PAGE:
Gemcitabine nephrotoxicity and hemolytic uremic syndrome: report of 29 cases from a single institution. Review uri icon

Overview

abstract

  • BACKGROUND: Gemcitabine is used in a variety of advanced malignancies. Hemolytic uremic syndrome has been reported as a side effect. METHODS: we reviewed medical records of 29 patients with gemcitabine nephrotoxicity. RESULTS: The median cumulative dose of gemcitabine was 22 g/m2 (4 - 81) given over 7.5 months (2 - 34). Prior chemotherapy with mitomycin had been given to 9 patients, and in 4 the hemolytic uremic syndrome was particularly severe and appeared shortly after gemcitabine initiation. All patients had renal insufficiency. Microhematuria and proteinuria were present in 27 patients and red blood cell casts were seen in 8. Renal biopsies in 4 patients showed thrombotic microangiopathy. Worsening or new-onset hypertension was seen in 26 patients. Edema, shortness of breath and congestive heart failure were present in 21, 15 and 7 patients, respectively. All had anemia, thrombocytopenia and elevated serum lactate dehydrogenase. Haptoglobin was low in 23 of the 26 patients who had it measured. Schistocytes were present in 21 of the 24 patients who had blood smear reviewed. Gemcitabine was discontinued once hemolytic uremic syndrome was recognized. Full or partial recovery of renal function occurred in 19 patients. 7 patients progressed to end-stage renal disease and 3 patients developed chronic renal failure. CONCLUSIONS: Gemcitabine nephrotoxicity presents as new-onset renal disease with associated hypertension, thrombocytopenia and microangiopathic hemolytic anemia. Prior chemotherapy with mitomycin, especially when given in close proximity, may be synergistic. A high index of suspicion is essential to make an early diagnosis. Stopping gemcitabine improves the outcome.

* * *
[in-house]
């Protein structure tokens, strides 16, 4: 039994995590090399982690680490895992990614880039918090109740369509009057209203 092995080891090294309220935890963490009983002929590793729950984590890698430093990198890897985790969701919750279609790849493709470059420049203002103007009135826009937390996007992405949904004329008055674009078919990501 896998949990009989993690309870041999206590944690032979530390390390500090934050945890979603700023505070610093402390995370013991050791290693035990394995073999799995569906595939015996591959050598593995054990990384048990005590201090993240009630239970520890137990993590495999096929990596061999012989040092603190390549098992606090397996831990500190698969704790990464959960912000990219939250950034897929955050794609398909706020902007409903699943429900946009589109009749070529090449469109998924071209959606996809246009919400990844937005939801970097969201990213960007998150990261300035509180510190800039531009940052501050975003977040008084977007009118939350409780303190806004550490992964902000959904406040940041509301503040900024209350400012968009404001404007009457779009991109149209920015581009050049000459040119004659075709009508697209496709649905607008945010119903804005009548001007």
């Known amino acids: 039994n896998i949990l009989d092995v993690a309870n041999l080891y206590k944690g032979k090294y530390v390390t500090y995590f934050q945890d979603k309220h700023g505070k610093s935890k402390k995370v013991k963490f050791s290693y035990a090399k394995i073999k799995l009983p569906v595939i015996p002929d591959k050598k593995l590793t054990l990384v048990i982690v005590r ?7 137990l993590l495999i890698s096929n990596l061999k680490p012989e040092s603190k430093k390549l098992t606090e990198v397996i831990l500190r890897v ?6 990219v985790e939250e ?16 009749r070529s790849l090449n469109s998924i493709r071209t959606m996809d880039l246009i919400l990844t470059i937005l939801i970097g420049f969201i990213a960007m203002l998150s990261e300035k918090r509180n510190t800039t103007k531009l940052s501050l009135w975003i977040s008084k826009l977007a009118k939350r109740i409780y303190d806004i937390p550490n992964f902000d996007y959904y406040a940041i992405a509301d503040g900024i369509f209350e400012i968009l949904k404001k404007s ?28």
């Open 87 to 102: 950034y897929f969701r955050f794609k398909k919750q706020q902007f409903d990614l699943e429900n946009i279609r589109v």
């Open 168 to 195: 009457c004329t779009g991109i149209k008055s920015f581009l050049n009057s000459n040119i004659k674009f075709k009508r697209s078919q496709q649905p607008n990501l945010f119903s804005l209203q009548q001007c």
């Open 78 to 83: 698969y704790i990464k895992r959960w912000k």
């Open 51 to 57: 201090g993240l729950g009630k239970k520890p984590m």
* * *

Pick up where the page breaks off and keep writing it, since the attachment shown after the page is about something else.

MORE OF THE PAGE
publication date

  • February 1, 2009

Research

keywords

  • Antimetabolites, Antineoplastic
  • Deoxycytidine
  • Hemolytic-Uremic Syndrome

Identity

Scopus Document Identifier

  • 64549085466

PubMed ID

  • 19203505

Additional Document Info

volume

  • 71

issue

  • 2